May 28 - Graduation
    Graduation will be on the football field in the stadium again this year. We are scheduled for 6:00 p.m. that evening. If we have to cancel for weather, we will hold it the next morning at 9:00 a.m. Each graduate will be allowed six guests, and the ceremony will be livestreamed on the school website. At the ceremony we will wear masks and practice social distancing. Graduation practice will be on the same day at 1:00 p.m.

    Thanks for being Bulldogs!

        Sincerely,

        Jeff Casey

        Jeff Casey
        High School Principal
        jcasey@universityschools.com

        High School News
        Helicopter Parenting - Right or Wrong?

        What comes to mind when you hear the term “helicopter parent”? Do you think of yourself? Or do you have friends and acquaintances that come to mind? Webster’s dictionary defines the term, helicopter parent, as “a parent who is overly involved in the life of his or her child.” Some of you might think this is a fairly new term, as it seems to be gaining more and more attention these days. According to Wikipedia, however, the term may have been first used as early as 1969 in a book titled Between Parent & Teenager, written by Dr. Haim Ginott.

        As parents, we are all just trying to do the very best we can each and every day. Over the years, however, it seems that more and more parents are trying to make things absolutely perfect for their children. This could mean signing them up for every activity that comes along or taking care of everything in their daily lives for them. While these children and young adults may, without a doubt, have a great life, what is the cost? Do your children know how to problem solve and make decisions on their own? Are they able to perform basic tasks such as making their bed or cleaning their room independently? The problem is that there are many kids who do not feel capable of performing even the most basic tasks on their own because they’ve either never been asked to or have never been taught to. These things have just been taken care of for them.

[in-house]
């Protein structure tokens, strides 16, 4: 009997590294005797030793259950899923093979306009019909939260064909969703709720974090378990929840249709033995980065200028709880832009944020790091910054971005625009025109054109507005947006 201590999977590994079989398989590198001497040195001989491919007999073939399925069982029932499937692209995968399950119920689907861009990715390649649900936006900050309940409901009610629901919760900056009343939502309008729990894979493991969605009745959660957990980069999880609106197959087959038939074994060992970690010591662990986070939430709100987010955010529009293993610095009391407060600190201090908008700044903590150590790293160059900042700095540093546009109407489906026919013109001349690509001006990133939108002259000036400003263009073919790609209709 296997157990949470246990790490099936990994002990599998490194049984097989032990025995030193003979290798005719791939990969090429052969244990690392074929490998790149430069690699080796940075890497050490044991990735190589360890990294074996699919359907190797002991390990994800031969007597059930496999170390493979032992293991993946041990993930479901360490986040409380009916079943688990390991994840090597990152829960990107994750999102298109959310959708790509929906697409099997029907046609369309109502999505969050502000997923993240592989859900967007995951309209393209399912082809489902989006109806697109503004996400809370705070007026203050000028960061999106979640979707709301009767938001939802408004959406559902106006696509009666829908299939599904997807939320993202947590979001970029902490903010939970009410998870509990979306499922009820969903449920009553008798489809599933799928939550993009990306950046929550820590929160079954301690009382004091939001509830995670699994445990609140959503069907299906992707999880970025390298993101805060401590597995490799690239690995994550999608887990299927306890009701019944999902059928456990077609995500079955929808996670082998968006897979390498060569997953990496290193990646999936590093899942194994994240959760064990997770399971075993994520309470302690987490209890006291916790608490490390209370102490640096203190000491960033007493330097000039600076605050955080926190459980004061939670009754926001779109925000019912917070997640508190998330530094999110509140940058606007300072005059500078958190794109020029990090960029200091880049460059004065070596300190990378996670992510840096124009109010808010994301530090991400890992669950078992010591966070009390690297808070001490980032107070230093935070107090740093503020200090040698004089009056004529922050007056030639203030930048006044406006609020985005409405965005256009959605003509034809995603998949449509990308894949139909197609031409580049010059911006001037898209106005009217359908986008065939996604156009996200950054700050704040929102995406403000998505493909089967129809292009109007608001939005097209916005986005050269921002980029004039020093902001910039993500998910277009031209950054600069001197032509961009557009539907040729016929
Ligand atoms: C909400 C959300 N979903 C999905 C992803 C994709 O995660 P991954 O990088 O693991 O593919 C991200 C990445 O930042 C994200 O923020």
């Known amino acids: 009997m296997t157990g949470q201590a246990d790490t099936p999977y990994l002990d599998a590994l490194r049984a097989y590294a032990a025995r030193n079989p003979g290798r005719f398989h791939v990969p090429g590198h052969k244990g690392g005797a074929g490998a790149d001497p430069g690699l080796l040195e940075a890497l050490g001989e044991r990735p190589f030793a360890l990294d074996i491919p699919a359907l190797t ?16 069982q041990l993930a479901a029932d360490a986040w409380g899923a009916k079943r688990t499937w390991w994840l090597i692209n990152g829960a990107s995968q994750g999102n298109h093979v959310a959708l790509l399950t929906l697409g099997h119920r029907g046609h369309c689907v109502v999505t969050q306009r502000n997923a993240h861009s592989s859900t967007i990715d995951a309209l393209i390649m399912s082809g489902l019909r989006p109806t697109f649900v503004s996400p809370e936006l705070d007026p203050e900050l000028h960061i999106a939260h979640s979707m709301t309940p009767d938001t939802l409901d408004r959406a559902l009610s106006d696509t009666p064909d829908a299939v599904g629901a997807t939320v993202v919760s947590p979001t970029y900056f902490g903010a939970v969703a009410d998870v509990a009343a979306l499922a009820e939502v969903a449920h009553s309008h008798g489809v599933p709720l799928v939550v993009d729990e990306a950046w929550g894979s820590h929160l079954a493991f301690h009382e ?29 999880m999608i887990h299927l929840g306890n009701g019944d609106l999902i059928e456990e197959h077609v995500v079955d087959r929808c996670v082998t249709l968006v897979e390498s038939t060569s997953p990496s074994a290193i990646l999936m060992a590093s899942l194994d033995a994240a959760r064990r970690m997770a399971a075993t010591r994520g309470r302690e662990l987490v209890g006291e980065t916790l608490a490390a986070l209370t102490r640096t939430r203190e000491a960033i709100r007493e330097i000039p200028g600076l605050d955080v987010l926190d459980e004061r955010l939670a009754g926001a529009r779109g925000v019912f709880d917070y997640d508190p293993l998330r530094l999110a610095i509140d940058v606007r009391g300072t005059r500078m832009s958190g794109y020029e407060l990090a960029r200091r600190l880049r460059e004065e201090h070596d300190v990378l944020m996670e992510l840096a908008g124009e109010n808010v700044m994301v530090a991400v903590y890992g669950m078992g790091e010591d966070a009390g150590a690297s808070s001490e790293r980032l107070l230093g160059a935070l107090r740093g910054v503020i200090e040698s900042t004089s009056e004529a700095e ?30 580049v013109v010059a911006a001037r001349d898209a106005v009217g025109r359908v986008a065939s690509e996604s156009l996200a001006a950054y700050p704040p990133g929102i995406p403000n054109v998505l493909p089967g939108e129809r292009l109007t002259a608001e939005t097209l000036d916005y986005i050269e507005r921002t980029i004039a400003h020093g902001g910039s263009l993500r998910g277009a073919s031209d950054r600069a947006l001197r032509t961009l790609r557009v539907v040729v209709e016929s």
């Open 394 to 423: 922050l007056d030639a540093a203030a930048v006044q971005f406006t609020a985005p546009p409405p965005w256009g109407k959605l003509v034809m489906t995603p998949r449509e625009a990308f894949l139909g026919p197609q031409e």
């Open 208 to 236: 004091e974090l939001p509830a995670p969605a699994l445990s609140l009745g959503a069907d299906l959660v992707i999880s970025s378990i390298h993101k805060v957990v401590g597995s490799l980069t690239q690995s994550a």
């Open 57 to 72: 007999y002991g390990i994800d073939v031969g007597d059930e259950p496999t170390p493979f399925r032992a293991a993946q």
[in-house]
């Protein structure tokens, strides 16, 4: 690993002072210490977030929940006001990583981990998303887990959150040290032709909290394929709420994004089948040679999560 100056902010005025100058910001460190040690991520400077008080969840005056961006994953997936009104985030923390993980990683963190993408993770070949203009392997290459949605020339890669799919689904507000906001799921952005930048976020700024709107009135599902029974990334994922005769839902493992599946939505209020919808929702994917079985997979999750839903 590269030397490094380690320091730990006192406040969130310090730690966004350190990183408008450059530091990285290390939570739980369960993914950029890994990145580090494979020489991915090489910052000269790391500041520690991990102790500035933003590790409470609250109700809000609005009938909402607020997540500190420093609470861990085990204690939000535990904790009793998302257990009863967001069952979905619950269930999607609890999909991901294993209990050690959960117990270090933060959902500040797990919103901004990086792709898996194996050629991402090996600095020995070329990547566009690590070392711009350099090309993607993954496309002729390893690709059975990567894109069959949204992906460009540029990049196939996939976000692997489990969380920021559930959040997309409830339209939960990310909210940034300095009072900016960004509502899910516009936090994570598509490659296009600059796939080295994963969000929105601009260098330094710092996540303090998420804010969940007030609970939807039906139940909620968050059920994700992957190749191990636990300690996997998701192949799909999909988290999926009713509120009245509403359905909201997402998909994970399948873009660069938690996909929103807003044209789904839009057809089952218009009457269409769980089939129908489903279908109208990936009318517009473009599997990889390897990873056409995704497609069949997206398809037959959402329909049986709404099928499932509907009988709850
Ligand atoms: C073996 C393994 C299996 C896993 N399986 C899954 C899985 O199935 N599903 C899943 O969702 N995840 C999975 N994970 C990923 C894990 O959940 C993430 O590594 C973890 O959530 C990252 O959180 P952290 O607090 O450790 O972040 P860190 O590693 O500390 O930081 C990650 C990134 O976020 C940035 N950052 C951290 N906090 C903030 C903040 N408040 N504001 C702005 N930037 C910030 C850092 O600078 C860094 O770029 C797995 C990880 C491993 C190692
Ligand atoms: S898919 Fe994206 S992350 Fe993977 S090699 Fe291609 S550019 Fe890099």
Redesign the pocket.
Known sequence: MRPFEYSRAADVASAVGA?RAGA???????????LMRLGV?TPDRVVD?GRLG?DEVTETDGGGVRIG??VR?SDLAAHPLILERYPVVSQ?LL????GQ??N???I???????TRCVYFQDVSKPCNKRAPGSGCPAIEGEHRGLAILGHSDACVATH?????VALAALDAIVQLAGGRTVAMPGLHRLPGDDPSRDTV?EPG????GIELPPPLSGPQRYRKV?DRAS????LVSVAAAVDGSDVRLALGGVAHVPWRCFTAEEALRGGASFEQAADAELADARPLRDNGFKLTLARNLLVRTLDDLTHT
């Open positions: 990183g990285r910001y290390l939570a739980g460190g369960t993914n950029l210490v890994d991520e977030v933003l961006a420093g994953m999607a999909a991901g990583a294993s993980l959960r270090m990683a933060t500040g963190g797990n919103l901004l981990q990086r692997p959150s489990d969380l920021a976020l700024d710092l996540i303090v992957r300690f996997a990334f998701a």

It often starts as small things that we know will help make our children’s day that much better. Then before we know it, our children are preparing for college without many of the basic skills, domestic and educational, to function without us standing there at every turn. This can even continue to be a detriment to our children as they head out into the workforce, preparing for life on their own. There was an excellent article printed in the USA Today regarding this very topic. Feel free to read more about the implications of helicopter parenting in this USA Today news article.

        There is an abundance of information available at our fingertips on this subject. Whether you feel strongly for this style of parenting or you are against it, here are a couple of other resources you can read to help you begin to make the choice or changes in your household: